By Savanna Hoover |
It’s gameday in College Station, late September. Maroon and white tents cover the campus. There’s an electric spirit in the air, an energy beginning to build momentum. Standing next to the A.I. Engineering building’s yellow brick walls, underneath a line of concrete carved cattle heads, 10 nuclear engineering students split into two groups of five — half walking and half riding in a golf cart. The students place a radiation detector, housed in a PVC pipe, on the back of a golf cart. Another student carries a handheld detector. They begin to roam campus, from Spence Park to the Memorial Student Center to West Campus.
The heat and humidity are an invisible steam rising from the pavement. People are enveloped by the shade of the tents and old oak trees. One student drives while the rest watch the radiation detection mapped out on a laptop. The results from radiation detectors spike in certain areas like the red brick of buildings and the Texas A&M University seal on Military Walk. “These background radiation increases are normal and perfectly safe,” said Dr. Craig Marianno, assistant professor of nuclear engineering and the Deputy Director of the Center for Nuclear Security Science and Policy Initiatives (NSSPI). “Certain materials and structures have naturally higher radiation than others.”
“I started the tailgate sweeps because nuclear sweeps happen on a daily basis in the U.S. and I wanted to share those challenges,” said Marianno. “I also wanted to provide my students with an experiential learning opportunity.” Nuclear security professionals use radiation detectors to scan, or sweep, an area. Typically, they scan more at-risk areas such as political rallies. The tailgate sweeps provide an exciting and safe training opportunity for nuclear engineering students to explore hands-on field work with detectors and see how nuclear security can be applied at large events. Several of his students have graduated and gone into the nuclear security field, and Jonathan Chen ’18, the undergraduate student of the year, hopes to be one of them.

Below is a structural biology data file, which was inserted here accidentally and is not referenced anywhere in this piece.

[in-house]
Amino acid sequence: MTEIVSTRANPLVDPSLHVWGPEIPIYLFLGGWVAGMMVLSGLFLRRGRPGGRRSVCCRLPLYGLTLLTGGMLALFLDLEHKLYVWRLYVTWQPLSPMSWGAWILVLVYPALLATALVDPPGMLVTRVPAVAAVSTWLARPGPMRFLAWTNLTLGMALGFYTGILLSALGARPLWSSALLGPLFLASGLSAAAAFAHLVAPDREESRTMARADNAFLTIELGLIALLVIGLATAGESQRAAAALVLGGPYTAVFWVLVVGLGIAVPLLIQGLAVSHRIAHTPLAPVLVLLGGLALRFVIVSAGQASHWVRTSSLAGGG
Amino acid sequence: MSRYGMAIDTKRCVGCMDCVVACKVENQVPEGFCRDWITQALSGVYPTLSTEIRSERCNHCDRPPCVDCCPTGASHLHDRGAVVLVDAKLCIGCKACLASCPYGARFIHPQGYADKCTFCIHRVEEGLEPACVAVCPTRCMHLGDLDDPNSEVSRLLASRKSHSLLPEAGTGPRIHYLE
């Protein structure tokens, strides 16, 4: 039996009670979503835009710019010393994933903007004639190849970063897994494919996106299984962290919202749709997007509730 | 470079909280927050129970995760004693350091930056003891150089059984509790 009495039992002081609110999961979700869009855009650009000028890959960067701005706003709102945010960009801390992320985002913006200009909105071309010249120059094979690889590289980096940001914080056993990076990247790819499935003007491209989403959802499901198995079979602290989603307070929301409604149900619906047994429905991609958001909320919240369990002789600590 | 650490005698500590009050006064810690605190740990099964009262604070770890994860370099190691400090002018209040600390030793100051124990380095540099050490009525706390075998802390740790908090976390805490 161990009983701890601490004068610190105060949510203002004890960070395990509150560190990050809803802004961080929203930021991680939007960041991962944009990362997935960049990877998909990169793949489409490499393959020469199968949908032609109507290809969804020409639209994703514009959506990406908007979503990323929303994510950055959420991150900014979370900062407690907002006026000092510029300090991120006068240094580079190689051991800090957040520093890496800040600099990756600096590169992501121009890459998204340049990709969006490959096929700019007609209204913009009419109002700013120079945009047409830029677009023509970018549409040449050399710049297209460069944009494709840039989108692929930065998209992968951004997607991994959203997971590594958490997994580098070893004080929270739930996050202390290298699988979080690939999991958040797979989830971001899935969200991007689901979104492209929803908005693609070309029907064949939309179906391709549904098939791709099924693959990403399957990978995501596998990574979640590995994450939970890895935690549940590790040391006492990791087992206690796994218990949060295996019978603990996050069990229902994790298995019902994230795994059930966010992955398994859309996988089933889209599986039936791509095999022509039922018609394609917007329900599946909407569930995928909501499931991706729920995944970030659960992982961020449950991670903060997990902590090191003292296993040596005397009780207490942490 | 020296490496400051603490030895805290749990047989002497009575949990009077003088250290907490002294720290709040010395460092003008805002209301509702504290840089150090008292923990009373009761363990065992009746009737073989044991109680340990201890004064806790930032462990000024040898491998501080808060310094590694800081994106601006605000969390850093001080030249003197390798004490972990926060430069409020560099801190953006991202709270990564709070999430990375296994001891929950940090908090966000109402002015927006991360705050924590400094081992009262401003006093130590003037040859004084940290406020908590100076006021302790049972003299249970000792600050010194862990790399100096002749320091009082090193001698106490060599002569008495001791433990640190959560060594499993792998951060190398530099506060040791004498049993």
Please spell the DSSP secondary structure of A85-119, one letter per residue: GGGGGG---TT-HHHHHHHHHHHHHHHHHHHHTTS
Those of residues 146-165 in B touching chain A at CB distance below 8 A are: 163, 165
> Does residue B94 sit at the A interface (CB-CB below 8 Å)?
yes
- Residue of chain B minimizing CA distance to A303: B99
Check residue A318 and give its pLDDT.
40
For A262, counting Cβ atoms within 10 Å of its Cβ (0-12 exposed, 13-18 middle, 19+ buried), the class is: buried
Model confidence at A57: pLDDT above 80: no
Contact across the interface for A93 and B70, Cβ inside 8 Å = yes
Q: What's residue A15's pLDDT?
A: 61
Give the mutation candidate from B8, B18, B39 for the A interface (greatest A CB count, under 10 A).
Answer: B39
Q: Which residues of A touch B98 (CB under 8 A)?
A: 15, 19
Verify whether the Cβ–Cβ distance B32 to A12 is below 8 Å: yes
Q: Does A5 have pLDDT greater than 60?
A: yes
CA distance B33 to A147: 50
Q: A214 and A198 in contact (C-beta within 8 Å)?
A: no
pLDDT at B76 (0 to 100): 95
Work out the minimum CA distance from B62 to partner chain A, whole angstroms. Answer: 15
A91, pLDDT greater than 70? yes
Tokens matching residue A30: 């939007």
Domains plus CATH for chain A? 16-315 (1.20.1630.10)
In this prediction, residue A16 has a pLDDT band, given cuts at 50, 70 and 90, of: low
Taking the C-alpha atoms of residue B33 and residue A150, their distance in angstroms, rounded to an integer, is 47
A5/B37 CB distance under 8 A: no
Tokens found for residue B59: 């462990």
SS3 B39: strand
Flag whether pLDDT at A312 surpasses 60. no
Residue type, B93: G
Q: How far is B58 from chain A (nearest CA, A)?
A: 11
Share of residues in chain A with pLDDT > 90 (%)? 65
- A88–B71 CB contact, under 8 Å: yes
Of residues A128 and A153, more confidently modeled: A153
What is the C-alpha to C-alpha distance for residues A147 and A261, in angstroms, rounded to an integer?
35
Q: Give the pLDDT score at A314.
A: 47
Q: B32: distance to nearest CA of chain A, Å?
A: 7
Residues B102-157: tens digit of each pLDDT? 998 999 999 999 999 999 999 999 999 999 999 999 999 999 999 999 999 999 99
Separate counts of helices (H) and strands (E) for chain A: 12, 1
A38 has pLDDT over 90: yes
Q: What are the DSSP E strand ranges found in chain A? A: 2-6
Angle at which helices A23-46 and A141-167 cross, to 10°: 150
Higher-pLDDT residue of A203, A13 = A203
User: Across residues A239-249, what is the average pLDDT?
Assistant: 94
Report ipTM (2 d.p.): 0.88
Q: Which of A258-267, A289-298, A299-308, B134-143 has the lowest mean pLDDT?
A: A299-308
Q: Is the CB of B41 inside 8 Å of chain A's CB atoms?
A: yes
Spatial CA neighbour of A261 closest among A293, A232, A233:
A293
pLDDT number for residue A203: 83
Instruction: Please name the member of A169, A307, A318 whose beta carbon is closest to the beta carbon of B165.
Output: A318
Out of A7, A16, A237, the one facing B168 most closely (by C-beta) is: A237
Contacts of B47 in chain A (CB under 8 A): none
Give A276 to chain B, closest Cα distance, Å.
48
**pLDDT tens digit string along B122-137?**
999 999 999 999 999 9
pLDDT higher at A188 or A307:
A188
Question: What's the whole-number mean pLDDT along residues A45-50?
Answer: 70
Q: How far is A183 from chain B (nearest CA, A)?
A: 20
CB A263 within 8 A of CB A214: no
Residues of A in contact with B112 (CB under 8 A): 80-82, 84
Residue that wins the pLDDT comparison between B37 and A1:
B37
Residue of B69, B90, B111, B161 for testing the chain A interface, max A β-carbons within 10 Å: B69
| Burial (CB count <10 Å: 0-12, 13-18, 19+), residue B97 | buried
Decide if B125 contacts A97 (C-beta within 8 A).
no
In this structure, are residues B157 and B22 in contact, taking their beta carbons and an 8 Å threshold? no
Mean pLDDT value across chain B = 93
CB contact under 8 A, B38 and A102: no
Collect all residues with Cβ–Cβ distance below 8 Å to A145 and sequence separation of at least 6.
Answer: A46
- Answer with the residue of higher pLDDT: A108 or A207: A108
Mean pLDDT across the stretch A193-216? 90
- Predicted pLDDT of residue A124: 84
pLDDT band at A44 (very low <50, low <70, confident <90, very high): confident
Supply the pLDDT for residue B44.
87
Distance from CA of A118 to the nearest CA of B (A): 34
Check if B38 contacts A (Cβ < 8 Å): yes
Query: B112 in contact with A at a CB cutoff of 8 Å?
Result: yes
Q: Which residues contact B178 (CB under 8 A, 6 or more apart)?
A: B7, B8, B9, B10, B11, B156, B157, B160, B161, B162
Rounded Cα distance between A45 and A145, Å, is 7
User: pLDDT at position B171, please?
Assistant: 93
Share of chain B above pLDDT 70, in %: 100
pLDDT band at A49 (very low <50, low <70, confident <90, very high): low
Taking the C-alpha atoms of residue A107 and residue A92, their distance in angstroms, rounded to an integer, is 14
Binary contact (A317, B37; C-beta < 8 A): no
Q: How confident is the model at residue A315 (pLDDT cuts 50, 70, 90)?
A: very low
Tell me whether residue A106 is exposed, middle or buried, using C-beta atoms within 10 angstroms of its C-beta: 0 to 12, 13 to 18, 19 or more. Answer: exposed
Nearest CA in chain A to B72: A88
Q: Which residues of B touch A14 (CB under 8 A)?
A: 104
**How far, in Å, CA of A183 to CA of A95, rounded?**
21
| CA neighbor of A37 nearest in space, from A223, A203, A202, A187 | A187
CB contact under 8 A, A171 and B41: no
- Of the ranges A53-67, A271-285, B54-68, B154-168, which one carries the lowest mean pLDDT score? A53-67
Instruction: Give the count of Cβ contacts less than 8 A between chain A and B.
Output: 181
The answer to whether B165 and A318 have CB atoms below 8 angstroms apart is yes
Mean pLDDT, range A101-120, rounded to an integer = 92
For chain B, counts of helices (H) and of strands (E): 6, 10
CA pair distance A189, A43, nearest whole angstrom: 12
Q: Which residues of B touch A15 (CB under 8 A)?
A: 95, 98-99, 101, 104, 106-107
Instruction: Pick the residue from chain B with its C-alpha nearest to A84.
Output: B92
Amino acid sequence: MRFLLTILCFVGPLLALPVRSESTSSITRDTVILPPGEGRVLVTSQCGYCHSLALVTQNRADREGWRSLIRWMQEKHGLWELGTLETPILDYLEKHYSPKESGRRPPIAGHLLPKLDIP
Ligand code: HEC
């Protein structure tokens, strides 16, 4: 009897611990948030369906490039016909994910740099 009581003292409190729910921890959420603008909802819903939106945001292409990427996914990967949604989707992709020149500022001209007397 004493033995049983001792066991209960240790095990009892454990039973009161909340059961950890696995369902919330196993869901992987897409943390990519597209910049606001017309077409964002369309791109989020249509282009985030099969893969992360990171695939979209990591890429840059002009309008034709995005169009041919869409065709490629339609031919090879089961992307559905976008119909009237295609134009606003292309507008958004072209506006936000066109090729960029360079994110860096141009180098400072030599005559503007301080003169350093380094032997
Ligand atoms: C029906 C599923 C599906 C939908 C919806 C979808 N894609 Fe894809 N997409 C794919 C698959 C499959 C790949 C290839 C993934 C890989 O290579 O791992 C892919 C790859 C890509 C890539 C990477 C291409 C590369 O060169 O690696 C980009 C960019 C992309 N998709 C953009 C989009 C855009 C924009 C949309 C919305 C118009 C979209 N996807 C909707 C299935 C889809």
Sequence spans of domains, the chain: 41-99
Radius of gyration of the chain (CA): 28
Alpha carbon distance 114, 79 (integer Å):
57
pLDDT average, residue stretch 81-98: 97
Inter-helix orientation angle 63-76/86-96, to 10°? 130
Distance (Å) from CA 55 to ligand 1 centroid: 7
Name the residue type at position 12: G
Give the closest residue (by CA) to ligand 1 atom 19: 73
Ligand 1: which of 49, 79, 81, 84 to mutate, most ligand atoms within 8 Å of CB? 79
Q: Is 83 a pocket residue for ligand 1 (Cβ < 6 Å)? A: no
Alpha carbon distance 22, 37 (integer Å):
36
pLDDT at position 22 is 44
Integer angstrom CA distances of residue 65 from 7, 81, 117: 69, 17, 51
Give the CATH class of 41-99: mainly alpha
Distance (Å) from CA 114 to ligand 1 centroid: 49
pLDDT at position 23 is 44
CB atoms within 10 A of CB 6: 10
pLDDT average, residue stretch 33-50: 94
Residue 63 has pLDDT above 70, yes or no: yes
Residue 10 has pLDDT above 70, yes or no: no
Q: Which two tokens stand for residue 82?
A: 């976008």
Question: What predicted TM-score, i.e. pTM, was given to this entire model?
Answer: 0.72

Chen knew in his first year of nuclear engineering that he gravitated more toward homeland nuclear security than the nuclear power field. He took a bold step forward by emailing a professor he had never met and introducing himself. That professor was Marianno.
Even though Chen was only a sophomore, Marianno let him join his radiation detection research group and participate in the sweeps, which are geared toward his graduate class, “Nuclear Engineering 605 Radiation Detection and Nuclear Material Measurements.” For the next three years, Chen helped out with the game day event, which on most years meant four game sweeps per football season.
Chen advanced in his studies and began leading tours himself. His favorite part? Seeing the students’ faces as they complete radiation detection readings outside the lab for the first time.
Chen thinks it’s important for students to know that there are many career options in nuclear engineering beyond working in a nuclear power plant. The game day sweeps have inspired him to pursue a nuclear national security career himself. “The sweeps, the Center for Nuclear Security Science and Policy Initiatives and the Institute of Nuclear Materials Management give you an increased understanding of the field and if this is something you would like to do,” he said.
The goal of the tailgate sweeps is for the student to observe how environmental radiation levels can change based on landscaping, building structures and other phenomena. If they found a higher than average radiation reading, then Marianno or his teaching assistants would unobtrusively localize the source in conjunction with the students. The readings would be analyzed by Marianno so he could determine the gamma-emitting isotope. In large events such as Aggie football games it is not uncommon to find radiation fields created by individuals who have been injected with medical radiation for diagnostic or therapeutic reasons. These short-lived radionuclides are typically used by doctors to visualize internal structures, such as a heart during a stress test.
Some examples of medical isotopes include technetium-99m and iodine 131 for diagnostic imaging, or fluorine-18 for positron-emission tomography (PET) scan, which uses radioactive labeled compounds to highlight different organs in the body. A person injected with radioactive tracers can be detected from a few yards away for several days following some medical tests. One thing they won’t pick up? Chemotherapy. The “chemo” in chemotherapy stands for chemicals and the treatment does not include radiation.
Marianno was originally a health physicist before switching fields to national security with a focus on radiological threats. He spent 10 years with the U.S. government in nuclear incident response and consequence management. Now he teaches a mix of undergraduate and graduate classes on radiation detection, nuclear nonproliferation and emergency response dose assessments, while also training law enforcement and providing his expertise to the world.